It was close to 6:00 p.m. on a Friday that had capped a jam-packed week and now on the 401 parking lot my car and I were both too low on fuel. I inched my way to the next exit and headed for the nearest gas station. Once there, I inserted my Visa card, picked up the pump handle with my right hand as usual and tried to select the usual grade. It didn’t work. I poked and thumped. Nothing. The transaction cancelled. I inserted my card again. Same result.

Surmising something to be wrong with that particular pump, I drove to a newly vacant pump at the end of the row. Same result. Transaction cancelled. Eventually I clued in that I was picking up the large red diesel pump handle instead of the smaller yellow nozzle to my far left which was for regular gas. Not one of my brightest moves and certainly not one I’d normally publicize.

However, about an hour later when I arrived home, my daughter handed me a message from a recent telephone call. I was to reply to a phone number for the bank whose credit card I had earlier been using. I did and was impressed to discover that my awkwardness at the gas pump had prompted such a fast check.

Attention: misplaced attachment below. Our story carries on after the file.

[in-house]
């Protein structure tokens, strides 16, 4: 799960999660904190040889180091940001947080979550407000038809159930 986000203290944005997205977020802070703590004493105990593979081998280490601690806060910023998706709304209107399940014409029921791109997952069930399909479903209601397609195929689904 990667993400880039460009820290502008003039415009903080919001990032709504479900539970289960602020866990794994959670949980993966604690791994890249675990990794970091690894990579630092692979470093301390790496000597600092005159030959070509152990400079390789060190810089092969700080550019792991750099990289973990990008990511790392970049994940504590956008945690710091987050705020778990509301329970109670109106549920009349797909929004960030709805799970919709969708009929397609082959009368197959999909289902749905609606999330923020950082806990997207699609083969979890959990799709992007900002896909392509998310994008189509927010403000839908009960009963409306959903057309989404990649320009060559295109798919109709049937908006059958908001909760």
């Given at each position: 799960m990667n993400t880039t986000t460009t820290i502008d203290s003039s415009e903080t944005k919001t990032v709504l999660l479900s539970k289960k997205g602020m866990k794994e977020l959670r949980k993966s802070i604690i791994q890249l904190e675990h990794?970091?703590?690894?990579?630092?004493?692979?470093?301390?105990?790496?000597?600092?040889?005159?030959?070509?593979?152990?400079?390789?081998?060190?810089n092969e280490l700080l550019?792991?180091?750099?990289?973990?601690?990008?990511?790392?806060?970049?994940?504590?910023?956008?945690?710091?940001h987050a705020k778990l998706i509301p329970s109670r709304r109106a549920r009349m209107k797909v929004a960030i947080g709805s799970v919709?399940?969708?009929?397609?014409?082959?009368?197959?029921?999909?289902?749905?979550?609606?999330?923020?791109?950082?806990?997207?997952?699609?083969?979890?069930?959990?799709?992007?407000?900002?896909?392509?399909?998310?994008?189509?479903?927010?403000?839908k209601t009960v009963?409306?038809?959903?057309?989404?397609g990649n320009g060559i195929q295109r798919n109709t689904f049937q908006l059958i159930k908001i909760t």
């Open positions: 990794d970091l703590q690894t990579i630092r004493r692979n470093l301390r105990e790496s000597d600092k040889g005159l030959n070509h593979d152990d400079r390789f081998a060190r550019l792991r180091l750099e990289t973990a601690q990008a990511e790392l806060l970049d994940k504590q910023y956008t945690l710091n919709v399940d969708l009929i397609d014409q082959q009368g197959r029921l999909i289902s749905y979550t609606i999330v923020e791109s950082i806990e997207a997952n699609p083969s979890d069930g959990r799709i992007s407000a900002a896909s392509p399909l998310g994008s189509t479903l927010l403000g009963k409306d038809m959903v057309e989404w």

The bank rep asked me if I had been using my card for a gas purchase lately or if my card was missing. She later told me that a stolen card is often tried out on a gas purchase first. As a customer, I felt secure in the knowledge that technology is being put to use for my protection.

Even after preparing this issue of IT Focus with its theme of security and business continuity, I have the impression that this secure feeling is a common experience for most financial services customers. But not all. And maybe not even enough, as the page four article on Internet banking by Rebecca Reid would suggest. Thieves have developed an insatiable thirst for identity data which is even more valuable than money. As writer Chris Conrath reports on page four, they know how to find the gaps and use them to their advantage — including even an Internet service provider’s poor record at addressing complaints.

May all the content of this issue of IT Focus help you fight the pervasive presence of crime and human follies in all its guises.

– Susan Maclean,

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